It's a long road to Kerry's Lost Cottage - but oh, when you get there, it's beautiful
It took 10 years to build this remote cottage above Carragh lake near Glenbeigh. It’s now a sought-after holiday rental – and its unique style is an inspiration to architects
The Lost Cottage, Glenbeigh, Co Kerry
There’s a long wait if you want a weekend away staying at “Kerry’s Lost Cottage”. It’s not surprising given that this is no ordinary holiday rental. Having featured in this season’s Room to Improve, and widely in the international press, the property’s popularity has soared. If you want a summer break at this unique location, complete with stunning views over Carragh Lake, you will have to wait until 2019 – and pay around €1,500 for a three-night stay. But it’s not just the cottage and its location that are unique. The story behind its transformation by architectural firm Urban Agency is just as special.
For most architects, designing a house from inception to completion might typically take around 18 months. Urban Agency, which has offices in Dublin, Copenhagen, and Lyon, were appointed 10 years ago by businessman Brian Spain, who ran an Irish pub in Paris called The Coolin for many years. He who was interested in a building a home for his retirement on the remote Kerry site which was populated by goats. Inspiration for the building that finally emerged came from the bold abstract paintings of Brazilian artist José Bechara, the soft and gentle hues of Edward Louis Lawrenson’s paintings of the Irish landscape and, crucially, a bag of iron oxide soil fertiliser, the kind available in most garden centres.
A decade on, phase one of what is a two-phase project is complete. Phase two, a two-storey extension, will, hopes Urban Agency’s director Maxime Laroussi, be completed at some point over the next 10 years.
This is slow architecture, and it might just be, in its own small way, a critique of the relentless and almost imperceptible speed at which our modern age moves.
It was while visiting an exhibition of Bechara’s paintings in Rio De Janeiro that Laroussi became fascinated by the artist’s use of ordinary, everyday materials to create beautiful paintings that, over time, rust and decay. He became inspired by how it was possible to “use something that was a problem” like rust “and turn it into a beautiful solution”.
Decay and ageing
Time, decay and ageing all became important ideas that drove the design process. “Perhaps we could use those things to make something that could become beautiful,” says Laroussi. The challenge of creating something that would not just last the 20-year timeline but also age gracefully for many years more in the stunning Kerry landscape led Urban Agency to study the rural architectural forms and materials of the surrounding area.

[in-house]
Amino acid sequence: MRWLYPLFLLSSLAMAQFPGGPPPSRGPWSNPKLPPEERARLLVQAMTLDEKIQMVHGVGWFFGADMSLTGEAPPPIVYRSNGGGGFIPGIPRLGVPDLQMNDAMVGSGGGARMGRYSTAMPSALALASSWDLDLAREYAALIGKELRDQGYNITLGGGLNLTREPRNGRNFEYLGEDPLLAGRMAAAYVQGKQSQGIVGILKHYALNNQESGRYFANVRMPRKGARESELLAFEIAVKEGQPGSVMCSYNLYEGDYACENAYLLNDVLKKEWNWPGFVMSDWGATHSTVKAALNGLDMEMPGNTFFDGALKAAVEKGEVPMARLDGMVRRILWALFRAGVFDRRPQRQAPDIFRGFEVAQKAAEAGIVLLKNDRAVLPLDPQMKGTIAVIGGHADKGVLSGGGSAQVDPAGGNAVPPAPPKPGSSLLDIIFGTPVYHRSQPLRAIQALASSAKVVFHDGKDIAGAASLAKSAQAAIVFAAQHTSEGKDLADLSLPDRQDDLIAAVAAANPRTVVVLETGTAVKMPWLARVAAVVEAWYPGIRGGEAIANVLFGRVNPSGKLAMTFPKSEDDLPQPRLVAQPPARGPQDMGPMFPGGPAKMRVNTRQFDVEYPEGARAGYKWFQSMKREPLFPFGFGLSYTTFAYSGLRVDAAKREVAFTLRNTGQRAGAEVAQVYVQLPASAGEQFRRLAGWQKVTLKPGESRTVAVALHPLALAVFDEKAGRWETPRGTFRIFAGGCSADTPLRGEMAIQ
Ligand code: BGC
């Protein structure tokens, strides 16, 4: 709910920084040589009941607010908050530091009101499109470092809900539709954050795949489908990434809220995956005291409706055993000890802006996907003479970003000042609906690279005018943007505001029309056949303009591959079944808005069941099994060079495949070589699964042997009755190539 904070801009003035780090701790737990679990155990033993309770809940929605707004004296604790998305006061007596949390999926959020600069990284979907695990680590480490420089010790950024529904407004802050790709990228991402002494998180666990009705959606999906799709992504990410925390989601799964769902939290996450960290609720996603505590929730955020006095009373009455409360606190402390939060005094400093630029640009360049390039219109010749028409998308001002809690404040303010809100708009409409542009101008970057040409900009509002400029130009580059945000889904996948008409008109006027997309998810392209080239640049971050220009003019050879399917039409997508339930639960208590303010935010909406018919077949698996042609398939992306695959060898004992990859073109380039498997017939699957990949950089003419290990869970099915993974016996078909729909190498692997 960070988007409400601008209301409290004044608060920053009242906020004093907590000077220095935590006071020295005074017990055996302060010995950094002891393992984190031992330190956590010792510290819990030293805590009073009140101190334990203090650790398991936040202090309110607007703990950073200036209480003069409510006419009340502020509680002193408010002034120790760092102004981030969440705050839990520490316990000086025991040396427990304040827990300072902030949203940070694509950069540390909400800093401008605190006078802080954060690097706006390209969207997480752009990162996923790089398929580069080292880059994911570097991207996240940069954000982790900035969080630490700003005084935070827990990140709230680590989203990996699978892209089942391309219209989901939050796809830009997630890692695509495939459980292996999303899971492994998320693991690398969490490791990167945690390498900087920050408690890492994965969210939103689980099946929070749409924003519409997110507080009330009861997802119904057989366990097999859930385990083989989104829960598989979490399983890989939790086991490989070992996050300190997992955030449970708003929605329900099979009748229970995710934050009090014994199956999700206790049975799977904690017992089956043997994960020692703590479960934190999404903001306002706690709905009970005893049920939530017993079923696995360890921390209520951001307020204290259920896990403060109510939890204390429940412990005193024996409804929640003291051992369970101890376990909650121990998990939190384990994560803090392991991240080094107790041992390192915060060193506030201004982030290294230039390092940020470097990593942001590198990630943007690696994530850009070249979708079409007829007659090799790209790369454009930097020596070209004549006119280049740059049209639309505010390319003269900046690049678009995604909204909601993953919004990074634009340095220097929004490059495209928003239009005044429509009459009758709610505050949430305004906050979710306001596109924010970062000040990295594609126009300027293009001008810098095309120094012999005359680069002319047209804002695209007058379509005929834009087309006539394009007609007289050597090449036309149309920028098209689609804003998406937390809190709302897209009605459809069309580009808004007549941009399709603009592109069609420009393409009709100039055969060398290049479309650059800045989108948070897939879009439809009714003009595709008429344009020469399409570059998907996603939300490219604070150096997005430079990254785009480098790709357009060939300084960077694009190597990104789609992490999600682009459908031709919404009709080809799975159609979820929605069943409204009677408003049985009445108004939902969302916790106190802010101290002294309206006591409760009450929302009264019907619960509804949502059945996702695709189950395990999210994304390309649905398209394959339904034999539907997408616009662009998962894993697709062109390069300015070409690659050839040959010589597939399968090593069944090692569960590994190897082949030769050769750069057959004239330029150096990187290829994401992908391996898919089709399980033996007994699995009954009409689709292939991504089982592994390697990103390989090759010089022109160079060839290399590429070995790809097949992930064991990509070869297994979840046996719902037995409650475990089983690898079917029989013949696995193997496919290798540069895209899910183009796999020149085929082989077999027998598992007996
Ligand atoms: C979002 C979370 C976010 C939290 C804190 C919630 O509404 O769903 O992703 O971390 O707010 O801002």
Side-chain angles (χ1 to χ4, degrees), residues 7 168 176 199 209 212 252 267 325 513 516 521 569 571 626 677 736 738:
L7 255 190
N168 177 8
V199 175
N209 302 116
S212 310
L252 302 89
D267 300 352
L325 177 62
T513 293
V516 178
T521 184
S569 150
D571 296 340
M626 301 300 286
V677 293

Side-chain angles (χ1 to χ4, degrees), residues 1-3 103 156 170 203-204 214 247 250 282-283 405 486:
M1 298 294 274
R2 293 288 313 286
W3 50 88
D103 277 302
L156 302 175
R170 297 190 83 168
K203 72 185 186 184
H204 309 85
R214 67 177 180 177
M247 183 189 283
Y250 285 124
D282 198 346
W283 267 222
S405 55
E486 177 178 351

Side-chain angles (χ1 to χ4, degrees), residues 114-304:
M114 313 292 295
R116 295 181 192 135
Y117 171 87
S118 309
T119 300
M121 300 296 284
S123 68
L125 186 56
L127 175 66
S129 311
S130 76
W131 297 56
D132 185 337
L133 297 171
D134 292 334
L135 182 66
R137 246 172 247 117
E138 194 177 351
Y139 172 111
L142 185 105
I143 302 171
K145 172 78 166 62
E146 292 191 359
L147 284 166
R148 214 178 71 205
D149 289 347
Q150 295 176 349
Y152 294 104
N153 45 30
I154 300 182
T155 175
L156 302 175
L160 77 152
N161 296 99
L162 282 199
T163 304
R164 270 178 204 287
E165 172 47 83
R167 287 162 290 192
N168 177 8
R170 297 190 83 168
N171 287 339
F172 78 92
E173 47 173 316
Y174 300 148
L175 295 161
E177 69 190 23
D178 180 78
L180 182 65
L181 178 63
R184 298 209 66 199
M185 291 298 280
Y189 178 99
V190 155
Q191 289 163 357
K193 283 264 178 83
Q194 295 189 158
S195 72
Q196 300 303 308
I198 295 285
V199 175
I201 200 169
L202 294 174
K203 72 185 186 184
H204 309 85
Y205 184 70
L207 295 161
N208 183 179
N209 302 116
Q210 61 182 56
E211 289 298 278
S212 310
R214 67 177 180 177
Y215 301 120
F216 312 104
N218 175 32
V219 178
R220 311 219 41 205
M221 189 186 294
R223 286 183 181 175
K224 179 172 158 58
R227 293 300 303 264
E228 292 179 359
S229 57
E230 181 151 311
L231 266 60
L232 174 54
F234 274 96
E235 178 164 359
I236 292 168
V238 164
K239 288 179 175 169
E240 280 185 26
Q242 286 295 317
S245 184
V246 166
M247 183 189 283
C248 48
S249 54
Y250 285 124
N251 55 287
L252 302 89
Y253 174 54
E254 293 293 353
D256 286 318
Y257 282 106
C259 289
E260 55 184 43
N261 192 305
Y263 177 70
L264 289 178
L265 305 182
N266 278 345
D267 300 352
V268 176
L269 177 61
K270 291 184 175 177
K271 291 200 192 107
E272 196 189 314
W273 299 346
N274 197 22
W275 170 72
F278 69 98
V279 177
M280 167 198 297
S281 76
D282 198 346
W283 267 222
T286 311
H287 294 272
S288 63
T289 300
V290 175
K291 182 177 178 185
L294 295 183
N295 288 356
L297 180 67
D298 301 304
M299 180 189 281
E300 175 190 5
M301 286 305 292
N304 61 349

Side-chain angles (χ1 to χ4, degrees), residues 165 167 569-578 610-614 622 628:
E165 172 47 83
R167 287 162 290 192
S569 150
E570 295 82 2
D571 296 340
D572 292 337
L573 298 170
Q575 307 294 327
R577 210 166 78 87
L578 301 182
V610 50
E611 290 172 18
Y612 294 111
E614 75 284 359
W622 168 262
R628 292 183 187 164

“We researched a lot of existing cottages and studied the simple materials like the rusty corrugated roofs and stone walls, or the early forms of Celtic inhabitation where dwellings were made out of one material,” says Laroussi. “The ingredients started to become quite logical, so we collected all of these ingredients and, with humility, we tried to use those buildings to inspire ourselves.”
Taking the simple and rudimentary materials of the surrounding buildings, Urban Agency needed to find a material that, like Bechara’s paintings, would age and decay over time, becoming a worthy part of the beautiful surrounding landscape. The answer, which may not sound like the most natural of materials, was concrete.
Buildings are never like you see them in photographs, all pristine and white – they get old and decay
What interested Laroussi was that concrete – which when broken down into its raw components is actually quite a natural material – is hardwearing, can be shaped into interesting forms, and can last for a long time. But more importantly, concrete could capture something of the process of time that they were looking for because it stains. The challenge was how, in the exposed and often harsh Kerry landscape, could they design the concrete to stain and decay with grace? The answer was to be found in a domestic garden centre.
Mixing coloured pigment into concrete before it is poured is a common technique, but it can also be prohibitively expensive. After much experimentation Urban Agency discovered that iron-oxide powder, typically used to boost iron levels in soil, could be mixed with water and used like paint on the surface of concrete. The result gives the concrete the appearance of rusting and, when cast in situ using vertical timber boards, Laroussi hopes that as rain runs down the grain of the wood the concrete will stain gracefully over time. “Buildings are never like you see them in photographs, all pristine and white – they get old and decay.” This for Laroussi is something that can, when designed in a considered way, be celebrated.
Ten years in the making, phase one is now complete. Housing a bedroom, connected to the existing cottage by a glazed link, the concrete monolith reflects the simple gable form of the existing cottage, with the rustic, textured exterior offset by the smooth minimal white walls of the interior. At some point in the next 10 years, using the same materials and similar form, phase two will emerge.
The Lost Cottage is available to rent on uniquehomestays.com